As developers create more powerful, complex technologies capable of Internet integration and promising an easier way, it is up to small businesses to lead the way in implementation. Huge corporations don't have the same existential concerns that many small companies do. As a result, those big businesses are less likely to take a chance on a new technology, preferring instead to keep things as they are until a change is proven to be beneficial.
While that may seem like the smart approach, consumers will be attracted to companies that stay ahead of the curve, that use the latest and greatest developments and that show the courage to take on cutting edge techniques. Plus, as small businesses have a manageable network and infrastructure, using new technologies would not require a massive change to the office.
One such development is the rise of the Internet of Things – a network of smart devices that can interact and provide a more customizable, efficient office or home. Now, with the Internet of Things marching forward, startup companies have taken over as the primary users. These early adopters will demonstrate the value the IoT has to the business world while they position themselves for growth.
Young companies provide a home for the IoT
A new study from Gartner revealed small, new startup companies will be integral to the progress of the Internet of Things, according to CMS Wire. The study speculated that by 2017, 50 percent of IoT systems will be implemented by companies up to three years old. Gartner recognized these companies as "maker" – in other words, they are comprised of innovators and entrepreneurs, the types of people who think progressively and look for the next solution.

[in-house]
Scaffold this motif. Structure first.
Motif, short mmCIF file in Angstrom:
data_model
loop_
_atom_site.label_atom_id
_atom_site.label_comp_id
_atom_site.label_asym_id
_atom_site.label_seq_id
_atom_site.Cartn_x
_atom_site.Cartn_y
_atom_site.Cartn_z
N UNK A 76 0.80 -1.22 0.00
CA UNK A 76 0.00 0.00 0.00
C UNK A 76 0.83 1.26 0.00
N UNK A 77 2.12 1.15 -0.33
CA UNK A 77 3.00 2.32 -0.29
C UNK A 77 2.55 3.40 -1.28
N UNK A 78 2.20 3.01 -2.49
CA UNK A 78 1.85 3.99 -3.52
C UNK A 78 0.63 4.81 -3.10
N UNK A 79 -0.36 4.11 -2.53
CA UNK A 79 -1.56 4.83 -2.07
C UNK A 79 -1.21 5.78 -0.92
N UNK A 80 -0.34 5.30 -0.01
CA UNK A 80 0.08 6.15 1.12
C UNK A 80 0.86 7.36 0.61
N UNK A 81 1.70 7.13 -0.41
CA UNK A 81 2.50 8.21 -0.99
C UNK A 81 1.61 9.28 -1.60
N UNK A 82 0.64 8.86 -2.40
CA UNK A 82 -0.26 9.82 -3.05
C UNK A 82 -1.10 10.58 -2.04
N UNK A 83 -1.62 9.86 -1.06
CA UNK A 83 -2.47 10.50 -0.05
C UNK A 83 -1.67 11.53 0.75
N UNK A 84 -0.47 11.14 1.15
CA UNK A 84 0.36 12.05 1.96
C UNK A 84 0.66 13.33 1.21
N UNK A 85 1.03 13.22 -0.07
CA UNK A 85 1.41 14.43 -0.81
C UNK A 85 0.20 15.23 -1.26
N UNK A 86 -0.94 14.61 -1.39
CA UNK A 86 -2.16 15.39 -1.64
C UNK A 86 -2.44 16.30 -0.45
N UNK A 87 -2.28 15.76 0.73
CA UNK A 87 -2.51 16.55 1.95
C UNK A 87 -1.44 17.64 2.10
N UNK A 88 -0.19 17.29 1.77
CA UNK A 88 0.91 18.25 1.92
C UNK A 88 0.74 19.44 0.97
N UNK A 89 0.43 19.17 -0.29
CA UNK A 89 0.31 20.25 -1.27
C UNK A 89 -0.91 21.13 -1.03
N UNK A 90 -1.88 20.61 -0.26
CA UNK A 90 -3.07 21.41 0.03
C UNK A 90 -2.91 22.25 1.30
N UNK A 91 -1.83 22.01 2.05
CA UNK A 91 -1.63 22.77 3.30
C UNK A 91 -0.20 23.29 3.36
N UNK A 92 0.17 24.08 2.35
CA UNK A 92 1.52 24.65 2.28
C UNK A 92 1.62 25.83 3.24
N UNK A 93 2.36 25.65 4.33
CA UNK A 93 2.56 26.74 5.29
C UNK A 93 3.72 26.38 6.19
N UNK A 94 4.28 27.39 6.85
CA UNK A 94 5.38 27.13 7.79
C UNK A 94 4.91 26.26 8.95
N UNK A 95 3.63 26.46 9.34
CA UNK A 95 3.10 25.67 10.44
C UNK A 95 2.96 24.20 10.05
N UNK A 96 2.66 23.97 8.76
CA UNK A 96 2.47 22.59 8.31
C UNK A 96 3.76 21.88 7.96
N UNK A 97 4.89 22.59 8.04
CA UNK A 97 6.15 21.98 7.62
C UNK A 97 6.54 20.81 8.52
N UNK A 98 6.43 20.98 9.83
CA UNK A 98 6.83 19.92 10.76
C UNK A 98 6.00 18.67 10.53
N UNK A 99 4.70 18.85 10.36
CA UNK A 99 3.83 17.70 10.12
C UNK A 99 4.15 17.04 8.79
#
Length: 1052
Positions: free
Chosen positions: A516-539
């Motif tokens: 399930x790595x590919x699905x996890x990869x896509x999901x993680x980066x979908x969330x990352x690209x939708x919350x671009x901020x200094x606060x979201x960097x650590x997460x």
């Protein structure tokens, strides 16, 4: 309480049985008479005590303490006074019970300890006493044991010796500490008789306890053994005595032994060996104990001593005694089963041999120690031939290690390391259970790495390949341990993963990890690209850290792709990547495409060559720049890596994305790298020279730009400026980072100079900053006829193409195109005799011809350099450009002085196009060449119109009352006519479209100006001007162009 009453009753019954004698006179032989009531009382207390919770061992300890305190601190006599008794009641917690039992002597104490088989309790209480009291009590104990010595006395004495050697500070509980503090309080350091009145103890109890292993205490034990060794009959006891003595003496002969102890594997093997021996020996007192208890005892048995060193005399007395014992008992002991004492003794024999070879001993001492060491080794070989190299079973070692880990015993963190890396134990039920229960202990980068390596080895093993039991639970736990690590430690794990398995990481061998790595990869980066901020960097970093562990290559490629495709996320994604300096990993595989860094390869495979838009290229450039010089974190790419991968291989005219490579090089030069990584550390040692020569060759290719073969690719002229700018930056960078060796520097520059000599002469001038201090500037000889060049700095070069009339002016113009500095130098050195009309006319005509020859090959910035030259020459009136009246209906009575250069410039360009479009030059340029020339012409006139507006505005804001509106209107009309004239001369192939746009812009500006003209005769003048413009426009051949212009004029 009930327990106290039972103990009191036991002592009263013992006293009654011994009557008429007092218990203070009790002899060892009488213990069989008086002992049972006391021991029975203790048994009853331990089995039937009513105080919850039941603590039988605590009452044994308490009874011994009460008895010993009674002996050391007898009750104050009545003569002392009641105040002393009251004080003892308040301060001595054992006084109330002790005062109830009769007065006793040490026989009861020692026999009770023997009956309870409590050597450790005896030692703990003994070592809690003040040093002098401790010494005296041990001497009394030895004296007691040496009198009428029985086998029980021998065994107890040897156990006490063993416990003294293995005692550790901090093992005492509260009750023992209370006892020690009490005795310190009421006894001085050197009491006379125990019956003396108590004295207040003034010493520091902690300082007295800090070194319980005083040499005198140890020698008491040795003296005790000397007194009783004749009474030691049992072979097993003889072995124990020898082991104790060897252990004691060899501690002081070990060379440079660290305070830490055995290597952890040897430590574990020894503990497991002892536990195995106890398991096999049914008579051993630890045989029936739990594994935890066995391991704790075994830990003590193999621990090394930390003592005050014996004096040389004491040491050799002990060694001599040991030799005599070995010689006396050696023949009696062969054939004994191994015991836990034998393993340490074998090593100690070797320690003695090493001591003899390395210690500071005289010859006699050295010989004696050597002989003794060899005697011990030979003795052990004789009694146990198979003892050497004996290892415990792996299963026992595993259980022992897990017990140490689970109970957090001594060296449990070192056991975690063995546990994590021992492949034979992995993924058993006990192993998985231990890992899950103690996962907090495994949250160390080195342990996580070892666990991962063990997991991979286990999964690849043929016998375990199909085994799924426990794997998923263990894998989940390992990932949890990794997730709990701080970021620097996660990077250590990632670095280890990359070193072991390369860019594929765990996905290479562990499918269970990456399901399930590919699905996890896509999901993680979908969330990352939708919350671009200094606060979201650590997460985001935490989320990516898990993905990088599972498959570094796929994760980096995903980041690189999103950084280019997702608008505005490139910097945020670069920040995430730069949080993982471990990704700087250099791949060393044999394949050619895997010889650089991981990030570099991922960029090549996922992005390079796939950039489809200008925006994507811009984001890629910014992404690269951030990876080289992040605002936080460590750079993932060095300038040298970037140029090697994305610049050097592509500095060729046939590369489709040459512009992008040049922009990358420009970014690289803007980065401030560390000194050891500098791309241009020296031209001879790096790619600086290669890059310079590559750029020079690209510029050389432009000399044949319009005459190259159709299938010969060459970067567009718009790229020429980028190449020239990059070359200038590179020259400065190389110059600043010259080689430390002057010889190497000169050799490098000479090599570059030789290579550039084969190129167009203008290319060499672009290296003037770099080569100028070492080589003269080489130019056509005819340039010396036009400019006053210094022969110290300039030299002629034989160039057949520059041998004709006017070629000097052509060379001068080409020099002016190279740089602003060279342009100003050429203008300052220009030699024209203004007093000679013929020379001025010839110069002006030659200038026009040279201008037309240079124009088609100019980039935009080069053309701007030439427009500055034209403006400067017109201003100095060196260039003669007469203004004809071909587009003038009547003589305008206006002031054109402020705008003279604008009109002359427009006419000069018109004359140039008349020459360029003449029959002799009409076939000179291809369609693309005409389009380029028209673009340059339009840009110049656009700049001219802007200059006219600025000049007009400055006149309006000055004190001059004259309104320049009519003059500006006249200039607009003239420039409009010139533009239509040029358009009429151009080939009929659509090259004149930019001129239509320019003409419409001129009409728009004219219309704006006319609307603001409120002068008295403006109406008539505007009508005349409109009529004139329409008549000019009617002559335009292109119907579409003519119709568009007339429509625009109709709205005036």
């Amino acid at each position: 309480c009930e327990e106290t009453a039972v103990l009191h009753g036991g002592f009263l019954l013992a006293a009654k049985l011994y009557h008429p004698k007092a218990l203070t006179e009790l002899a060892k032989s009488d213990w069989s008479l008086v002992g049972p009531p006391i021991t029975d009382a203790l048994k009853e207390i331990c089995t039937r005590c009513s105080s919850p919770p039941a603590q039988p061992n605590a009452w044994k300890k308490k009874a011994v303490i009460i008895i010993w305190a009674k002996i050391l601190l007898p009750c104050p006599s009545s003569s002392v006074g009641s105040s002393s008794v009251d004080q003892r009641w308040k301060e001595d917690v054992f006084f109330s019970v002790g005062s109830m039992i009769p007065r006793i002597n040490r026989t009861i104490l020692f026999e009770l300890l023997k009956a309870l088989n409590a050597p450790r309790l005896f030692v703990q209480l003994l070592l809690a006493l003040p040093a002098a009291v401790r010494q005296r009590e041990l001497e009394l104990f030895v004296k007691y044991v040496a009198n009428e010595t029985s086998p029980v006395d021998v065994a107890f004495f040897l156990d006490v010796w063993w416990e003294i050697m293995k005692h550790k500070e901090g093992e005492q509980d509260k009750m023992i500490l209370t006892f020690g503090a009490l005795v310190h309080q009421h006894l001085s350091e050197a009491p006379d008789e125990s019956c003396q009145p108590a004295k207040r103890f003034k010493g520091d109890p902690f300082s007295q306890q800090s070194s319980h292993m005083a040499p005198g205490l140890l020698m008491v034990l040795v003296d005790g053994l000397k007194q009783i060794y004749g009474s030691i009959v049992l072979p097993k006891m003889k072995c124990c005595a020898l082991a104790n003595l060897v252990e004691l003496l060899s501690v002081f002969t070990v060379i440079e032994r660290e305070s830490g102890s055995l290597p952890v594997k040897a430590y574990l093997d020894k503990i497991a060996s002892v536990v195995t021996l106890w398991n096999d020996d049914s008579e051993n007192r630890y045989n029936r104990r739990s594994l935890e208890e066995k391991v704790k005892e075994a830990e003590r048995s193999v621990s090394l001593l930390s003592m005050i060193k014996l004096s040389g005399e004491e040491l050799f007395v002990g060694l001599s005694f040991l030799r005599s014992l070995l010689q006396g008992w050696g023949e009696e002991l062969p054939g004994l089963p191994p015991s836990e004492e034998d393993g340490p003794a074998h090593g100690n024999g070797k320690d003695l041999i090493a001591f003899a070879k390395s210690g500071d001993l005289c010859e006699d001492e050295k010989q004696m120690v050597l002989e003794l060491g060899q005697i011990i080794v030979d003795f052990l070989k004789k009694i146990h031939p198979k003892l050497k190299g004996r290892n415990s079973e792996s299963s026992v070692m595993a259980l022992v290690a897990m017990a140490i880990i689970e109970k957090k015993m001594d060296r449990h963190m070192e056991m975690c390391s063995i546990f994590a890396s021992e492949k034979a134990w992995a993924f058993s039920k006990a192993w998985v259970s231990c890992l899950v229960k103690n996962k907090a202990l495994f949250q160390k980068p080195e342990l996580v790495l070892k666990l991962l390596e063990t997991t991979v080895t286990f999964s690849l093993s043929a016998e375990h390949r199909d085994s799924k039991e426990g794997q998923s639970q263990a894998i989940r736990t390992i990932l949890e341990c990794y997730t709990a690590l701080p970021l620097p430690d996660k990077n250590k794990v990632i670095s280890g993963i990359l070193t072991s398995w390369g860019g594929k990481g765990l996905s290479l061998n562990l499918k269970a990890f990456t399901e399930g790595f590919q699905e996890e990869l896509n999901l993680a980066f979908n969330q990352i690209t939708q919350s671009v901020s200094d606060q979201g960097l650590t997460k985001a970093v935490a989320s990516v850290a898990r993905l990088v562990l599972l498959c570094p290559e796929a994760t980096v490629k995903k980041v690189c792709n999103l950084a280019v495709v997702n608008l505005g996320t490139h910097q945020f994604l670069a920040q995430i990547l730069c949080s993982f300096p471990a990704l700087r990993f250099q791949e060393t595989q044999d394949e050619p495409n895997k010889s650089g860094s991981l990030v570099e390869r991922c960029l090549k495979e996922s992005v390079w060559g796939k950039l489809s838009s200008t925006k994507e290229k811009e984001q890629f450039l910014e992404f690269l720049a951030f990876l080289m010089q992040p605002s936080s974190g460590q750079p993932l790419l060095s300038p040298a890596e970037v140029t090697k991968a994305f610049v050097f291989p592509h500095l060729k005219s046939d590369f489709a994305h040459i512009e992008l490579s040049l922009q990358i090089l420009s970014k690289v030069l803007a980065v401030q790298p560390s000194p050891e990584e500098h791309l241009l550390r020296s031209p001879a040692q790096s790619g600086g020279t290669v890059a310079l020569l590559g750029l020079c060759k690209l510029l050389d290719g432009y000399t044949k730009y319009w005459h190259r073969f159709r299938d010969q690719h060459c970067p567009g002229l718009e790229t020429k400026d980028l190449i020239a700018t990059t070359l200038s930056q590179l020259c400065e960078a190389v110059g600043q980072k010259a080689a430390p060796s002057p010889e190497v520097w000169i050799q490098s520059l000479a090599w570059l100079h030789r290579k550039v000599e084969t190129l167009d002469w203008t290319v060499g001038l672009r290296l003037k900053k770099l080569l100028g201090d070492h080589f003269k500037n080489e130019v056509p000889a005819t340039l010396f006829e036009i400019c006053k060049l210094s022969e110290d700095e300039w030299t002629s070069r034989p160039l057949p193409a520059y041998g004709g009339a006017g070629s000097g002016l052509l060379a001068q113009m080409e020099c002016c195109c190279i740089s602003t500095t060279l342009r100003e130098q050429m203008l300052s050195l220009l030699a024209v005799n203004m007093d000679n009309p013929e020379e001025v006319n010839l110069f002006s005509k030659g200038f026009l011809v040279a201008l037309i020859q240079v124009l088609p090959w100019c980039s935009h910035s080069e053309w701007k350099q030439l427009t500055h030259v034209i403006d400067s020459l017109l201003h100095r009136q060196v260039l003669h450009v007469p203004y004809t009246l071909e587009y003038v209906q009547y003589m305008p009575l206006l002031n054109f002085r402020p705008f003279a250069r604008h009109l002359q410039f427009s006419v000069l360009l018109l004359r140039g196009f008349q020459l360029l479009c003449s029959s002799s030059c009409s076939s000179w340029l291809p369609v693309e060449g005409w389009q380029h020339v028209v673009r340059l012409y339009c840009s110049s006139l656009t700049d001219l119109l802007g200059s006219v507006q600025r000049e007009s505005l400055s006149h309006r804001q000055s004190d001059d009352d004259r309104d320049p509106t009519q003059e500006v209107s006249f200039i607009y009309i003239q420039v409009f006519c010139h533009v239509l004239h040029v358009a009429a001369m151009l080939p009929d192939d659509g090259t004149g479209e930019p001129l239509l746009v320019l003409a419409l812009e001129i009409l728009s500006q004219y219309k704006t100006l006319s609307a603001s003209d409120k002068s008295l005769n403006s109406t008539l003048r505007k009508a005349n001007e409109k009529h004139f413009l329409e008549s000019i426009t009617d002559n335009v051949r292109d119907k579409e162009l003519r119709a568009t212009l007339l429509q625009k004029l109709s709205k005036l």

Part of the ability for a small startup to adopt an IoT platform lies in their niche market and scale. Because they serve a small base of clients usually with a specific product or service, it makes more sense for these businesses to employ specialized systems. Plus, while large companies can get mired in their own politics, startups have the freedom to try new ways of operating with little to no internal opposition.
"In a sense, makers and startups are an extension of bring your own device, but are definitely taking advantage of low component costs and the ability to have open source development," Pete Basiliere, research vice president at Gartner, said in the report, according to CMS Wire.
IoT to grow exponentially
According to Deloitte, the coming years will see a big increase in the scope of the IoT. A study indicated 75 percent of executives were exploring the potential of the IoT as they felt more pressure to remain competitive. Gartner estimated that by 2020 the IoT will reach 26 billion devices, while International Data Corporation forecast those devices connected to the Internet could generate $9 trillion in sales annually by 2020.
Even more intriguing is the thought that businesses haven't even realized the full value of the IoT. In these early stages, companies are still experimenting with the best way to implement the system in order to maximize devices' potential. That's why it is on small startups to use their pioneering mindsets to determine the best uses for the IoT. As the technology expands, more and more corporations will feel the pressure to apply the IoT to their own operations. If startups can map out the most effective implementation, they will benefit along with other businesses.
Office technology industry piece brought to you by Marlin Equipment Finance, leaders in office technology equipment financing. Marlin is a nationwide provider of equipment financing solutions supporting equipment suppliers and manufacturers in the security, food services, healthcare, information technology, office technology and telecommunications sectors.